# Fishbone Diagram

A FishboneDiagram (also known as a cause-and-effect diagram or an Ishikawa diagram, after its inventor) is a tool for generating and organizing thoughts about a desired effect.

To create a FishboneDiagram:

1. Draw a circle and label it with the desired effect.
2. Draw a horizontal line out from the left edge of the circle (if you read left-to-right). This is the "spine" of the fish.
3. Brainstorm about the key categories of things that could cause the desired effect. For example, think of the processes, procedures, factors, steps, etc. that are involved in the situation. (This is often the hardest part, in my experience). Generally you should have 4-7 of these; if you have much more or much less, refactor until you get a manageable number. Draw these as "bones", or diagonal lines starting from the "spine" and moving outward; alternate above and below the "spine".
4. For each category, draw a horizontal line from the "bone" to the right (if you read left-to-right) for each cause in the category, and list the cause on this line.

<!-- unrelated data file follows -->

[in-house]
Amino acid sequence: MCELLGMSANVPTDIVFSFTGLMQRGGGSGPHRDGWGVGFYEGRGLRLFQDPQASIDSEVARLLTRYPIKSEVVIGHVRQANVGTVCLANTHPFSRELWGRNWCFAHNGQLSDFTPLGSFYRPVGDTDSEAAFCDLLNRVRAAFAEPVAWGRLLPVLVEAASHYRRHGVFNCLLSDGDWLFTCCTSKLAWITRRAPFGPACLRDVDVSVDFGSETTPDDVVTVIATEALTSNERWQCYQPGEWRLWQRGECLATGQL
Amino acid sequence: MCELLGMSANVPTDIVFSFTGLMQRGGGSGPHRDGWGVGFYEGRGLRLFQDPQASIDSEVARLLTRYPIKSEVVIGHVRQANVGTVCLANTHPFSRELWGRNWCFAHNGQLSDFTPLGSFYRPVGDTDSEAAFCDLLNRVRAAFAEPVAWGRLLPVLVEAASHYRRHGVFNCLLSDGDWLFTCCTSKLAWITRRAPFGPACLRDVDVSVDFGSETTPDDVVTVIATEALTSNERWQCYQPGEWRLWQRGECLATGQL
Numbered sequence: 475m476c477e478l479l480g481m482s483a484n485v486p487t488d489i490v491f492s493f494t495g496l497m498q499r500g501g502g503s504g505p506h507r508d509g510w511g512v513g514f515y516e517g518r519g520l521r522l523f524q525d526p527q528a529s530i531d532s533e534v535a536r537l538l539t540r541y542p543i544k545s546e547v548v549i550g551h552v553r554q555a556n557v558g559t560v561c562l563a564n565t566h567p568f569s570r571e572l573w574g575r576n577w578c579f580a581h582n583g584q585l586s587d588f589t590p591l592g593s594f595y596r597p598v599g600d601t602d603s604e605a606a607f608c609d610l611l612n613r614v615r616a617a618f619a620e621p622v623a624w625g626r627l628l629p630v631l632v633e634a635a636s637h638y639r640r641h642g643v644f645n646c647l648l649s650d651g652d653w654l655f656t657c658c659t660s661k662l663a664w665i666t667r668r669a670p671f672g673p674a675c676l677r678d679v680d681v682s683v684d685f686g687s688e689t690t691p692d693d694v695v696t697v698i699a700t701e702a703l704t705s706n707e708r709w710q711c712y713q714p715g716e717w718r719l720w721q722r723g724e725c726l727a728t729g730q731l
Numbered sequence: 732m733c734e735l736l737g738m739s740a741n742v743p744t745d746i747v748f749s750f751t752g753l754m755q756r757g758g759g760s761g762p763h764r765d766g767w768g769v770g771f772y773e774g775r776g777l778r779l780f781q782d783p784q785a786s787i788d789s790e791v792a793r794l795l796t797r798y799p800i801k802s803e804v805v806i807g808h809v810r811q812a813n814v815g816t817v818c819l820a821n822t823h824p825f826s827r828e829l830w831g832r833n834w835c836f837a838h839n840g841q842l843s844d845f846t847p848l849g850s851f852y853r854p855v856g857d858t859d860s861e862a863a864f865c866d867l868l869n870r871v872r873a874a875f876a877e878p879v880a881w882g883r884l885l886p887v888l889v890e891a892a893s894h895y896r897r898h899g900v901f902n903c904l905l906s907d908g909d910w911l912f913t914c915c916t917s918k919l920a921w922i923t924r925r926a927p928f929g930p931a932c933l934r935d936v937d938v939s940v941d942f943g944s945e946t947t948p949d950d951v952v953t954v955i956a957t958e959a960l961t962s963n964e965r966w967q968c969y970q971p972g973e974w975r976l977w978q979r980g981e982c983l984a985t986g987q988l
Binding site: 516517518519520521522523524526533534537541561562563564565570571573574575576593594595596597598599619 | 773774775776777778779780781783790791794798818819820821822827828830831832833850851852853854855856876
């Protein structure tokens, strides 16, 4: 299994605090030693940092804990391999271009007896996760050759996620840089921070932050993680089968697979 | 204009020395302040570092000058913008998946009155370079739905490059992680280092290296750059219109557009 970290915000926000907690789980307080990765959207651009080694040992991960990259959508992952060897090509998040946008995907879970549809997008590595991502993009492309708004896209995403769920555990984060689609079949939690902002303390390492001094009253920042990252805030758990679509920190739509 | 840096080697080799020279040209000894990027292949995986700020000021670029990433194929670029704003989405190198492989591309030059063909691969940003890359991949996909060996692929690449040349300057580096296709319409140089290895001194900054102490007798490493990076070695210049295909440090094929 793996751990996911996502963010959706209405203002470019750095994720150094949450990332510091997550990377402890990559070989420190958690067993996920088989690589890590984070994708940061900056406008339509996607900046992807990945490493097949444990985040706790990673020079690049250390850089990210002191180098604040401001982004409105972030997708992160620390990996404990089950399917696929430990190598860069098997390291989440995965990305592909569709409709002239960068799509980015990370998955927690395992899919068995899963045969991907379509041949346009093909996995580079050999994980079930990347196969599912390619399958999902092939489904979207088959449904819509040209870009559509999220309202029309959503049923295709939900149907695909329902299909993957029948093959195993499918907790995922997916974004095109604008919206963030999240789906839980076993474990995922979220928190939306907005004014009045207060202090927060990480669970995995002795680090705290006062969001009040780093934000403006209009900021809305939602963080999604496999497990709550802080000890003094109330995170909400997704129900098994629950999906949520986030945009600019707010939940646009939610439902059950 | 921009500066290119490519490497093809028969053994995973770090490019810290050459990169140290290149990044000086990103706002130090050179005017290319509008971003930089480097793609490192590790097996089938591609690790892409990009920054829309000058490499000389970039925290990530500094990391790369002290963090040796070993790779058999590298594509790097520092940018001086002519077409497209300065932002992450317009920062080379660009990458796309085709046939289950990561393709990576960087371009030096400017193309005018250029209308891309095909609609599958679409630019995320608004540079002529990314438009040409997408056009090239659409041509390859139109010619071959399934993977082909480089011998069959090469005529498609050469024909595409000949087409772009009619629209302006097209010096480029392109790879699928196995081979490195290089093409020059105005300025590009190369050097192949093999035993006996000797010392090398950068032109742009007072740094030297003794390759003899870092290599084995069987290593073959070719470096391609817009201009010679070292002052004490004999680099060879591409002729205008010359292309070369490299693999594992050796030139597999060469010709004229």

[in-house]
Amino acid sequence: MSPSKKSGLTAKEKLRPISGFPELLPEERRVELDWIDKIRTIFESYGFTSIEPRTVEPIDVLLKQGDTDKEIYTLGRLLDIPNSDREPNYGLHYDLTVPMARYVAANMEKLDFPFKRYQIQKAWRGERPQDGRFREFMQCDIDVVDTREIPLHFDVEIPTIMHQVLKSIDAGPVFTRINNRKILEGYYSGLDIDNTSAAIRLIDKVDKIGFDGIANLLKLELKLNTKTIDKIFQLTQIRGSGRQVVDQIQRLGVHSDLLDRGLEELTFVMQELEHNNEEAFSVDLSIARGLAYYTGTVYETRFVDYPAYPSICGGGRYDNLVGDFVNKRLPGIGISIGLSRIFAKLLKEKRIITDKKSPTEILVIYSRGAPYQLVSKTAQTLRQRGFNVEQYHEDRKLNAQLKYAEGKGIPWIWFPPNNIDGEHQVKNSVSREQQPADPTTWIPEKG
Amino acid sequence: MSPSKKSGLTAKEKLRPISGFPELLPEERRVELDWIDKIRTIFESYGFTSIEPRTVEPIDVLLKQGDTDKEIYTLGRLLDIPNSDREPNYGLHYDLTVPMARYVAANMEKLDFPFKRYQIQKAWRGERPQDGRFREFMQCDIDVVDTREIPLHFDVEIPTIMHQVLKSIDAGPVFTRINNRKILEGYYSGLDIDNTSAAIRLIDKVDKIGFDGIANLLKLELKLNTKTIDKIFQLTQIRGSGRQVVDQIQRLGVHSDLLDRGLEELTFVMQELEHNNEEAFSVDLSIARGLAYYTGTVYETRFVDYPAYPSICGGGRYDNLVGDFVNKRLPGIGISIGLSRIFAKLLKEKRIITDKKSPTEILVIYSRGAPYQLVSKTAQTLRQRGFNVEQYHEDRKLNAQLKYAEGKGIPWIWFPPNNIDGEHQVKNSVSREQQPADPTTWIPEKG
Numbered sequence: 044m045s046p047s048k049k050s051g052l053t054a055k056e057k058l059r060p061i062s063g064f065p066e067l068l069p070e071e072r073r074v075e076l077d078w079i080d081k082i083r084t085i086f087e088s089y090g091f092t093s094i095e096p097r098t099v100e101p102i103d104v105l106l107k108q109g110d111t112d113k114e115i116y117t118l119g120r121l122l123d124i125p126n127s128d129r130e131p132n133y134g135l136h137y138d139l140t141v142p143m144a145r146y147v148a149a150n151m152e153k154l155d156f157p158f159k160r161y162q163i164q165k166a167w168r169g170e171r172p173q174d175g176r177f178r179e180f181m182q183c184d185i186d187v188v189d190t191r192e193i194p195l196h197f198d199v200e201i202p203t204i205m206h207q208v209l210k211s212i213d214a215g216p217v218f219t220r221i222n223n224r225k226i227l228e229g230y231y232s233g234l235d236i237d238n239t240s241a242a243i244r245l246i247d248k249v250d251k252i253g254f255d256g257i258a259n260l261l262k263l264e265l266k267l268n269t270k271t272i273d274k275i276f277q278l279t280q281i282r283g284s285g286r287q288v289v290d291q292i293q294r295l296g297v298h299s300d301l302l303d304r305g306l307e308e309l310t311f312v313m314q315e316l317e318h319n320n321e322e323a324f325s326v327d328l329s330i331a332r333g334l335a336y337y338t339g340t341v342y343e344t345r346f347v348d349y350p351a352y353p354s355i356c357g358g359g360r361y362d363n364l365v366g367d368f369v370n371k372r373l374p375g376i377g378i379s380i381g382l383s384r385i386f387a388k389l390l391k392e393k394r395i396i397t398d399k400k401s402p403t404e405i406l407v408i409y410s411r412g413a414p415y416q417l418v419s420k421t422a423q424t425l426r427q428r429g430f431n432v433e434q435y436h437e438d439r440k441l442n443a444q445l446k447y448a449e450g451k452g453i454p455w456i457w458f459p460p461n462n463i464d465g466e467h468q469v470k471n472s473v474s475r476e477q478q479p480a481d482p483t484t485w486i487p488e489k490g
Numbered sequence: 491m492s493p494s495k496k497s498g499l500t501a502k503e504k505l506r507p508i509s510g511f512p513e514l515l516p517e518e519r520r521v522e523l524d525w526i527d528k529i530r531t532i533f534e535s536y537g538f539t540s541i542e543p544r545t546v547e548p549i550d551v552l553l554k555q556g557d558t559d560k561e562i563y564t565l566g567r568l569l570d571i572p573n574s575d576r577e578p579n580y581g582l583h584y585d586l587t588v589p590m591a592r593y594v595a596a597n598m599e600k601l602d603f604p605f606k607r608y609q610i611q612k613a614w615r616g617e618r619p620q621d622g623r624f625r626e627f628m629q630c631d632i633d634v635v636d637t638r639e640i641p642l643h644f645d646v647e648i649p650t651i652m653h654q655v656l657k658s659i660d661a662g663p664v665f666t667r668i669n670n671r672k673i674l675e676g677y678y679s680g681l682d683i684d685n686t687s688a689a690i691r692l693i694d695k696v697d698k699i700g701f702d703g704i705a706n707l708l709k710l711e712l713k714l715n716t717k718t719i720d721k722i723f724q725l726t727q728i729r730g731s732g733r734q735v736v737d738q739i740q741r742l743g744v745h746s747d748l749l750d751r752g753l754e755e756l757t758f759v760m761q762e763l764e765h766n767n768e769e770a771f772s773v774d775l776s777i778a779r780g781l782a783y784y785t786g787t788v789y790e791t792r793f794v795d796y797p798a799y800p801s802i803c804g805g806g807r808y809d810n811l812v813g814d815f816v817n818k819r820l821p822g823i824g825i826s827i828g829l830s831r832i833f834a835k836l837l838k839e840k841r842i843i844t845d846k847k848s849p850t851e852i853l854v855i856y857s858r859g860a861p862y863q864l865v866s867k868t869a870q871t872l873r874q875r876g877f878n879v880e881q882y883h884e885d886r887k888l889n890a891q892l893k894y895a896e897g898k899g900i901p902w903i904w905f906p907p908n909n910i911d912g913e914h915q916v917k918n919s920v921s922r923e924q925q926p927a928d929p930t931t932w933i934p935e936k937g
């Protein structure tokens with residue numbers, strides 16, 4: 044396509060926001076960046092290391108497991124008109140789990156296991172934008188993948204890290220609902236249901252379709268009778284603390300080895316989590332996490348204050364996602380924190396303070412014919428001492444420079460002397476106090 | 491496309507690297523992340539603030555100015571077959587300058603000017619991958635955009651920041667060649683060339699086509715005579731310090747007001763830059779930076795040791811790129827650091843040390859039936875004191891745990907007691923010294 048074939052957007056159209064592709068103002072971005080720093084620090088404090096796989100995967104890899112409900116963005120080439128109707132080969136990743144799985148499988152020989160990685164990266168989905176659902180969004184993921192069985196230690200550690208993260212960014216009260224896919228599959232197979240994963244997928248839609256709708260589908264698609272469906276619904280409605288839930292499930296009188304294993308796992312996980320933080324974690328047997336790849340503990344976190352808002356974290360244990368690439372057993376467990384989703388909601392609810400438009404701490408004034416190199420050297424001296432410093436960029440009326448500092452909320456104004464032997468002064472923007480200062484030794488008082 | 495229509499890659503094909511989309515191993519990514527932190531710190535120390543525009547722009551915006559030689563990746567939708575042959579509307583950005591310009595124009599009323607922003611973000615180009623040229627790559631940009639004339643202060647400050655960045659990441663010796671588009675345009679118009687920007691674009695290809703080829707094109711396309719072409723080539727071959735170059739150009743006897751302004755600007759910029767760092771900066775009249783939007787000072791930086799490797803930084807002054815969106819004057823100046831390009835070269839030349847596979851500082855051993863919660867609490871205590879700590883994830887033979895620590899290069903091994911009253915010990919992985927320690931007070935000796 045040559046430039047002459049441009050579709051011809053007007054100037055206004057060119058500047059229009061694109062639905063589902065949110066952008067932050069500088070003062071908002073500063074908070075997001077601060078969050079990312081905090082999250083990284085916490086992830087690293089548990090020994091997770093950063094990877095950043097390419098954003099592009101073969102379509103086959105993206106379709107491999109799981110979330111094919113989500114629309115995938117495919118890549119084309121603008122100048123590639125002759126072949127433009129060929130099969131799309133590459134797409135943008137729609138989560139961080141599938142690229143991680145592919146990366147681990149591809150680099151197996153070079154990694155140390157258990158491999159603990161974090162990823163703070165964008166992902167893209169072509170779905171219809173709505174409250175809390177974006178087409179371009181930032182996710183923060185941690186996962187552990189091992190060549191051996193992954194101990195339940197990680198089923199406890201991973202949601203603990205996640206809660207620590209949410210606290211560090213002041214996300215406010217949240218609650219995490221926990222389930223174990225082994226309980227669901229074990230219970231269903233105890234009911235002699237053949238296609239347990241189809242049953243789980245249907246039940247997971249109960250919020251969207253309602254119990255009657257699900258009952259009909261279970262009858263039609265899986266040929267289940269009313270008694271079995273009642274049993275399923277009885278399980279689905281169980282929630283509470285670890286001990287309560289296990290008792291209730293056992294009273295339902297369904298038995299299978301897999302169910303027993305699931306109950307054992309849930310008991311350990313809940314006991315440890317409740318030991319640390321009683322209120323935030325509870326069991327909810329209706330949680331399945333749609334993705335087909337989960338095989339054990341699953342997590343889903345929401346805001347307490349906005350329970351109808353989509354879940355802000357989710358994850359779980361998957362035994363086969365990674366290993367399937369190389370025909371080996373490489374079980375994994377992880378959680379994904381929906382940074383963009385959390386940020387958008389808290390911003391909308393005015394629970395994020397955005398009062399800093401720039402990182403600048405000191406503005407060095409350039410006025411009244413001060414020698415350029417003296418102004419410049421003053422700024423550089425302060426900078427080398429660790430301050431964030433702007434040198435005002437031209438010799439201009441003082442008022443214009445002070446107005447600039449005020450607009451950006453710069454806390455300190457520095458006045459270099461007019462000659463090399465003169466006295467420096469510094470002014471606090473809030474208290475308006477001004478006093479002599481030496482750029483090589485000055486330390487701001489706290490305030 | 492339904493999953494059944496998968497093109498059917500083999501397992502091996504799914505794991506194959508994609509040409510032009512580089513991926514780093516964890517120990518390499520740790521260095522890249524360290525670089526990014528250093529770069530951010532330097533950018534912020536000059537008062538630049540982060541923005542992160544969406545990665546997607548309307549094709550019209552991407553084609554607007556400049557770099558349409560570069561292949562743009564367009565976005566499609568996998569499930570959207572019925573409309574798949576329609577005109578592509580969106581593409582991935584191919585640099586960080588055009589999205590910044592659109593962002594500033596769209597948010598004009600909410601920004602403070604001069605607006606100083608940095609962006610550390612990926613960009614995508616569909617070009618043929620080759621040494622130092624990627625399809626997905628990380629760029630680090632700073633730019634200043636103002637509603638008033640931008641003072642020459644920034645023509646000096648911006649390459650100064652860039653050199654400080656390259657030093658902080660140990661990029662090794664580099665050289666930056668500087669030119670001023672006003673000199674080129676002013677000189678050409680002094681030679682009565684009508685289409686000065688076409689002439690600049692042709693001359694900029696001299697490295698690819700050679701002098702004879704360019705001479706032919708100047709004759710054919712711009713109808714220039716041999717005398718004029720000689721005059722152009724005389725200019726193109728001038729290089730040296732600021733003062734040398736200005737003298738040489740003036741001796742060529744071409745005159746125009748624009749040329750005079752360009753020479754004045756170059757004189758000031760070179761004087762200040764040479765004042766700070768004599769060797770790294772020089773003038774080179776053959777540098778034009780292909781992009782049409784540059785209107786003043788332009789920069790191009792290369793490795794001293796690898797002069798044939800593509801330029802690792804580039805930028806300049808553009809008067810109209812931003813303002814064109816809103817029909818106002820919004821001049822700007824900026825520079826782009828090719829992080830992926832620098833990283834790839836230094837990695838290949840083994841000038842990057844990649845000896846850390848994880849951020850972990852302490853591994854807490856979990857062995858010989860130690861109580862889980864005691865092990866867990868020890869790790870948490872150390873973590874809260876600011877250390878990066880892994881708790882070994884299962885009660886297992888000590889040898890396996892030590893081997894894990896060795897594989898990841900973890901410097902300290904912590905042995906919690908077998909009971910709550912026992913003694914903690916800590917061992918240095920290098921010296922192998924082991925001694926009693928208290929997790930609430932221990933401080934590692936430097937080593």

5. For each cause, if you can identify something more fundamental (a "cause of the cause"), draw it on an additional diagonal line toward the head.

[EditHint: anyone want to try rendering this as AsciiArt? My attempts haven't been pretty...]

(Something like this?

```       Category A     Category B
\             \
Cause A.1--\  Cause B.1--\
\             \
Cause A.2--\                      _______\_____________\_____Desired
/             /     Effect
/  Cause D.1--/
Cause C.1--/  Cause D.2--/
/  Cause D.3--/
/             /
Category C     Category D

```
Though it would be more informative to see a real world example.)

Now that you have a pile of causes listed, look over them as a group. See if there are any root causes that show up on different bones. These are the first things you have to do to achieve the desired effect.

FishboneDiagrams are occasionally useful for initial brainstorming.

FishboneDiagrams tend to be either far too simplistic or far too detailed in real world use.

Alternatives

These alternatives are more structured, to show how potential causes are related.

• A constrained kind of MindMap, in which the central box is the desired effect, the outlying boxes are constrained to causes, and lines between the outlying boxes are constrained to indicate causality between driving factors.

• SystemsDynamics? graphs, which quantify how driving factors affect each other.

• Problem solving FlowCharts show what questions a good TroubleShooter? asks to solve the problem. You can develop the FlowChart incrementally.

• The FiveWhys?.